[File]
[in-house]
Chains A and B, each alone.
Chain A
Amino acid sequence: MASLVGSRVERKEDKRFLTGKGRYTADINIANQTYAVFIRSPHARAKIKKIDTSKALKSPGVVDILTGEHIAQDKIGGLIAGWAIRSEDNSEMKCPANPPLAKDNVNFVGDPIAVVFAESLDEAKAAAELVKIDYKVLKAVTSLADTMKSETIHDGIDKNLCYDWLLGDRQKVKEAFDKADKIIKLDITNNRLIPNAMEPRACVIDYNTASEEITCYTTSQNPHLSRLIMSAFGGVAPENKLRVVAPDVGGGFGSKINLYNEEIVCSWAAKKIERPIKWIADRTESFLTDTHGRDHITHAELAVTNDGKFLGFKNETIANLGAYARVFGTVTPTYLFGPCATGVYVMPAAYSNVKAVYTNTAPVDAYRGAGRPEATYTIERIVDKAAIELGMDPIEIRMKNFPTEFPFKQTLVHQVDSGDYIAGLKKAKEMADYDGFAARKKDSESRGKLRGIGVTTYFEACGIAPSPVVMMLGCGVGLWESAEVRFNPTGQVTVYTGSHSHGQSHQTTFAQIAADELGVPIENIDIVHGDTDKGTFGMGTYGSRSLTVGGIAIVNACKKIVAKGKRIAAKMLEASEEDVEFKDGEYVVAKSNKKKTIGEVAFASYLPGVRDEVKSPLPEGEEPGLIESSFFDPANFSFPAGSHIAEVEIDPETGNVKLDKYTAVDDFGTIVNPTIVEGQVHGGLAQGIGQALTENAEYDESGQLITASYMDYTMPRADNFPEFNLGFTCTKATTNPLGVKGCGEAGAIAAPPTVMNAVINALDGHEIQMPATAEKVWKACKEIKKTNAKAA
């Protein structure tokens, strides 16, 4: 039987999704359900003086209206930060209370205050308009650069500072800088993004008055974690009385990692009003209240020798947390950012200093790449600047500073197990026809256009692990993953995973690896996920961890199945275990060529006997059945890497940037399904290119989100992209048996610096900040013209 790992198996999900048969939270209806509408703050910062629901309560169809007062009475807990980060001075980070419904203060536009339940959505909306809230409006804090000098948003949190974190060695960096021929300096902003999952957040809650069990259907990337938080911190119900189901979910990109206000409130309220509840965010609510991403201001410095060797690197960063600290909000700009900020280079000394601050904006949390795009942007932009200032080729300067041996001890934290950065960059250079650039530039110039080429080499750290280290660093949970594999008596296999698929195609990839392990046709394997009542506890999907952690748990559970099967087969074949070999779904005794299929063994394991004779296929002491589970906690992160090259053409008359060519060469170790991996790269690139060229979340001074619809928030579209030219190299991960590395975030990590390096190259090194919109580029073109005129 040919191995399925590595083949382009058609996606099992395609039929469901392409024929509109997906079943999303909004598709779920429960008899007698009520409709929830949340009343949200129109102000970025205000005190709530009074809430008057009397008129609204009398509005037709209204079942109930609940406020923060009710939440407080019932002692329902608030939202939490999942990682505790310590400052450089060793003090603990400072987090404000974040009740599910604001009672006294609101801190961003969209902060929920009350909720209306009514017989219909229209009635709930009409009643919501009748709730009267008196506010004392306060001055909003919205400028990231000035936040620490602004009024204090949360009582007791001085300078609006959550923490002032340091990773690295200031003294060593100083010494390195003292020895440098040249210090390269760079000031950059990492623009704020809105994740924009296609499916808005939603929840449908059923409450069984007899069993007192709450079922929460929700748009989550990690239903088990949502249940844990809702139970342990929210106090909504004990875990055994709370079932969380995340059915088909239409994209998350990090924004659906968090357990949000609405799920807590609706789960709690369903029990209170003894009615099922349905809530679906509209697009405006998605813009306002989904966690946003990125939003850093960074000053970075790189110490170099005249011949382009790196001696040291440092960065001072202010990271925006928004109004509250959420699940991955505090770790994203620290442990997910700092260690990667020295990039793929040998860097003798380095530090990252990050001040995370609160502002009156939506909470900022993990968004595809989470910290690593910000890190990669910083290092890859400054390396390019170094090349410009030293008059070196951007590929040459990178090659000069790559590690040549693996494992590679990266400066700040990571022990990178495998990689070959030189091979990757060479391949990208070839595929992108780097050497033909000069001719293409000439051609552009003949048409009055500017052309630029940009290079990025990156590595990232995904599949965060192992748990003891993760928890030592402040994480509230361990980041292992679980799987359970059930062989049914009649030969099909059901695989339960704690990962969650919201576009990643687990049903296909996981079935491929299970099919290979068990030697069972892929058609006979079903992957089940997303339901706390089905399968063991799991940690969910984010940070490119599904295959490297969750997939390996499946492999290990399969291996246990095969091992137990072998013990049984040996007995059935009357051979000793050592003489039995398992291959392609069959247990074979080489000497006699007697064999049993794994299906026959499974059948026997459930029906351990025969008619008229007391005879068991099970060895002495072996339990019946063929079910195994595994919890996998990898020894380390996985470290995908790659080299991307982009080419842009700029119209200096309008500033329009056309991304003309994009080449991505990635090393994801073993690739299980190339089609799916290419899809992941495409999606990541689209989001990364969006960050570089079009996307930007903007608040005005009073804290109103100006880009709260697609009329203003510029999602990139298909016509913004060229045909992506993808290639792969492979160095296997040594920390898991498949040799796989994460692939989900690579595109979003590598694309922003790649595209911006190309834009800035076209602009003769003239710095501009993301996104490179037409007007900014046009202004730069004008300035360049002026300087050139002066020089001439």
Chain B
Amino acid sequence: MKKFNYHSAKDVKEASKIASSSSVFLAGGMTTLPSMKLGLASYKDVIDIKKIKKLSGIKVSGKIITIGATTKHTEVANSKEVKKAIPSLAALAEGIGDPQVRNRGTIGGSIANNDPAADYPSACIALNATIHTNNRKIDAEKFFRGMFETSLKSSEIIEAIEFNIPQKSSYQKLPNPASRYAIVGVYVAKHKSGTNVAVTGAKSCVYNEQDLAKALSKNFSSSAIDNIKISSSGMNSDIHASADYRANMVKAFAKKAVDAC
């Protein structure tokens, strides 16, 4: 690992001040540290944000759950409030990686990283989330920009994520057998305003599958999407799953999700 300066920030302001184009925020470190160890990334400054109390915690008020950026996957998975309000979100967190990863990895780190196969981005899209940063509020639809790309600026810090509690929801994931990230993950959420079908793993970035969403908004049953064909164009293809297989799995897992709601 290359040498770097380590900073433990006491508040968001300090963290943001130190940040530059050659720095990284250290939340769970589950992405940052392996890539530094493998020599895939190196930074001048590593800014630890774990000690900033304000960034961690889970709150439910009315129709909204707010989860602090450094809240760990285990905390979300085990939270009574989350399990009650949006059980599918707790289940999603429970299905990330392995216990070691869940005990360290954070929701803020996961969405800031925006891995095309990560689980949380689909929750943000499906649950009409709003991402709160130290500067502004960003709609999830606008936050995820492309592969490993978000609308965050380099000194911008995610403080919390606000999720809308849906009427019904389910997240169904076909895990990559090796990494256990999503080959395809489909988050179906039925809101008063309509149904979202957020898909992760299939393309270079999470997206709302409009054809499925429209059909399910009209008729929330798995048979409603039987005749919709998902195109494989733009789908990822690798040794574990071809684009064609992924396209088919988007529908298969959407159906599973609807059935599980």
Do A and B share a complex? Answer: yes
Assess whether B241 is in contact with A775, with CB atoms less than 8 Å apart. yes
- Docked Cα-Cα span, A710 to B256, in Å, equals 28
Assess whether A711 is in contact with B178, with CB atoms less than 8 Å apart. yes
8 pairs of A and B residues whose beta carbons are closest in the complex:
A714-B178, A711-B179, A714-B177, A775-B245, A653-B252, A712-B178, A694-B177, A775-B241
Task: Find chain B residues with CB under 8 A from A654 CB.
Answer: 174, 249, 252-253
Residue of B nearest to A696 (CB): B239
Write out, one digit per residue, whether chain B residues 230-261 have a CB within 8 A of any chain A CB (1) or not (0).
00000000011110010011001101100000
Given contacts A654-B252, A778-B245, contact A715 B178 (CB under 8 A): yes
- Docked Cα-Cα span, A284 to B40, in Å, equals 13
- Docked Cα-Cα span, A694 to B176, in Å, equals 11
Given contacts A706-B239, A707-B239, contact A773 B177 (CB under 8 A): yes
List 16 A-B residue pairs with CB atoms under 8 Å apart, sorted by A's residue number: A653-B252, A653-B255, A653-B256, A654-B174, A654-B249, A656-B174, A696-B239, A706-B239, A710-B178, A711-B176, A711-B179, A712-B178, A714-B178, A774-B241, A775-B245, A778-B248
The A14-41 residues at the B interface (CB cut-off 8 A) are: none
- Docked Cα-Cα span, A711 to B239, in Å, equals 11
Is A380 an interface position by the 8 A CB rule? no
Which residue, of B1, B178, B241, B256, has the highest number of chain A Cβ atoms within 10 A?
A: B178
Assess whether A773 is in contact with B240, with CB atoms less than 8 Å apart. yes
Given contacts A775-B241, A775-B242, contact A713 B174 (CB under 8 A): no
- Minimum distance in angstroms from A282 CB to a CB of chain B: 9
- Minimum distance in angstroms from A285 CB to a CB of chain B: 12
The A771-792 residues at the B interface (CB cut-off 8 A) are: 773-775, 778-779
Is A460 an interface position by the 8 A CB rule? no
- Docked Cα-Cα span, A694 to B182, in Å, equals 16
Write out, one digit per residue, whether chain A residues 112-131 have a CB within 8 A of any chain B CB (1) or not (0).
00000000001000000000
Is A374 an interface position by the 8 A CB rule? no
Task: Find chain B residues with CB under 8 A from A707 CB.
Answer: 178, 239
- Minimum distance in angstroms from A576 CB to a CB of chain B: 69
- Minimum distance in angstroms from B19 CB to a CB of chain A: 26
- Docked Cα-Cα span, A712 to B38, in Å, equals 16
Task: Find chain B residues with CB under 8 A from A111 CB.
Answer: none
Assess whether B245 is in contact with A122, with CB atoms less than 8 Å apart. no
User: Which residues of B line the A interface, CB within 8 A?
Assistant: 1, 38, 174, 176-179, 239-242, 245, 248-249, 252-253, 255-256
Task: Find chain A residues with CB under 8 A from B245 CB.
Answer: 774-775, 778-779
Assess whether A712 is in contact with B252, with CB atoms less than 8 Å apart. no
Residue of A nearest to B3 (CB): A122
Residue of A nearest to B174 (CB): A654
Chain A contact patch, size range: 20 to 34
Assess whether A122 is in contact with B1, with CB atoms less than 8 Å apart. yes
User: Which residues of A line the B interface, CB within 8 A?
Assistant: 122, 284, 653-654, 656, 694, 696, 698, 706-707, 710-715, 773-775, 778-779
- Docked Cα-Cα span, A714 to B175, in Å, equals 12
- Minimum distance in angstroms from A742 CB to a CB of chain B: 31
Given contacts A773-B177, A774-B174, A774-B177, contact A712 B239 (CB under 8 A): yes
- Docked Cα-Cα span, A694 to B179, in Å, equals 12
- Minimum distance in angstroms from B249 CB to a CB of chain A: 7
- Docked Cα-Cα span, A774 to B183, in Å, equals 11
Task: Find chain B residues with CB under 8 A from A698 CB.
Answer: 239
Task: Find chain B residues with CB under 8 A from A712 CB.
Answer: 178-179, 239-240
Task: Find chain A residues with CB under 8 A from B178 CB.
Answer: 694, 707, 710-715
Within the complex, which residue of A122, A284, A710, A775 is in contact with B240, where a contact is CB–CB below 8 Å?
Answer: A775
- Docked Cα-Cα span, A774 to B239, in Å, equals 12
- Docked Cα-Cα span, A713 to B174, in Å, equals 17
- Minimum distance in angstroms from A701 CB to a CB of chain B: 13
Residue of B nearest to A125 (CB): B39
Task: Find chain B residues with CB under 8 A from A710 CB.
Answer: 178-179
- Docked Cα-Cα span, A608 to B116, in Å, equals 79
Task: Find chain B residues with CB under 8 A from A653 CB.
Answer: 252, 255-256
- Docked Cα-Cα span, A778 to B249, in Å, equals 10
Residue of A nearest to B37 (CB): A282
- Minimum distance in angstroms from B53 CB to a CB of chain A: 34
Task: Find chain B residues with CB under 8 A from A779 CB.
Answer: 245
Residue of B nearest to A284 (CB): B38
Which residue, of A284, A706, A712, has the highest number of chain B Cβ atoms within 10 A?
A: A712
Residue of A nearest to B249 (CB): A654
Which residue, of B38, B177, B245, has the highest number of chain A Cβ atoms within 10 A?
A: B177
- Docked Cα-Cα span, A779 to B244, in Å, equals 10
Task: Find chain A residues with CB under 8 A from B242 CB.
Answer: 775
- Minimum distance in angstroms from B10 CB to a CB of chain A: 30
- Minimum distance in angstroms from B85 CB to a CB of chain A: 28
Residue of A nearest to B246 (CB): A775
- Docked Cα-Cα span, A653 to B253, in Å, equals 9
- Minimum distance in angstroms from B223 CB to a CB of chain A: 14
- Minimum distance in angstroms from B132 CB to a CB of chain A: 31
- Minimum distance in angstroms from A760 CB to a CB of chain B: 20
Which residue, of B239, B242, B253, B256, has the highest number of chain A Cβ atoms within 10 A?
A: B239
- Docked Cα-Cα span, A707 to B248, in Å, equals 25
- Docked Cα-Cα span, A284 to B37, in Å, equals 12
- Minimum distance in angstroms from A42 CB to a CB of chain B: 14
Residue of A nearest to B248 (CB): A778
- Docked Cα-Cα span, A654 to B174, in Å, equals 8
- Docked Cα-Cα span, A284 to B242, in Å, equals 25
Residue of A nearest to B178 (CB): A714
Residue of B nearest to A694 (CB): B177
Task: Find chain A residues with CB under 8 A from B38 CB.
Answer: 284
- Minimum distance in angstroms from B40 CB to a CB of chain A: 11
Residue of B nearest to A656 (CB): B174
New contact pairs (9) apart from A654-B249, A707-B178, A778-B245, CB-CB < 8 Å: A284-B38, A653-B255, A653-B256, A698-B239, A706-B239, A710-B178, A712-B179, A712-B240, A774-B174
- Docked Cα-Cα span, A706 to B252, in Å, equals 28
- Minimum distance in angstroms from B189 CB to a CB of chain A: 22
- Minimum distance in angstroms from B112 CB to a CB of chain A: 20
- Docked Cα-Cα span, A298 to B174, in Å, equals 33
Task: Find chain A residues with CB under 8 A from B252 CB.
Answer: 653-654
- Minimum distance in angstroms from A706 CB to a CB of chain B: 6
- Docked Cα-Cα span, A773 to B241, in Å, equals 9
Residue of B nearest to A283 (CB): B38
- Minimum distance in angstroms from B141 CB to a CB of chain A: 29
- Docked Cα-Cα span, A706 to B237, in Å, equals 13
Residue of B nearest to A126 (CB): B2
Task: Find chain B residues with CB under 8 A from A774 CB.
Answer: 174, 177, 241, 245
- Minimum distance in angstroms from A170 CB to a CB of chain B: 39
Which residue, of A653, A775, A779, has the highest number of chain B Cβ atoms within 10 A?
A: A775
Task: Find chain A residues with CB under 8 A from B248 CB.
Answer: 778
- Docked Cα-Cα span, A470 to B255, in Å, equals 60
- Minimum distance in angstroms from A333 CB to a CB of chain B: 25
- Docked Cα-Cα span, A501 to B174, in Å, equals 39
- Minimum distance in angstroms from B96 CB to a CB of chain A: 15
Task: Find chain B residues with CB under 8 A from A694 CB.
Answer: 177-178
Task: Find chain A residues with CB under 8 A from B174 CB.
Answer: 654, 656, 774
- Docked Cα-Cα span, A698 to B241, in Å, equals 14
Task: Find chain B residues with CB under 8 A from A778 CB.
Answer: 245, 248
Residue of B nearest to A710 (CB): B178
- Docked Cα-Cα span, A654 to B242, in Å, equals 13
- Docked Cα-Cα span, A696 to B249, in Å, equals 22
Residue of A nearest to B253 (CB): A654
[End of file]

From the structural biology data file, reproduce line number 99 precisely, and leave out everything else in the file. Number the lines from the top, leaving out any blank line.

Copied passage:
- Docked Cα-Cα span, A653 to B253, in Å, equals 9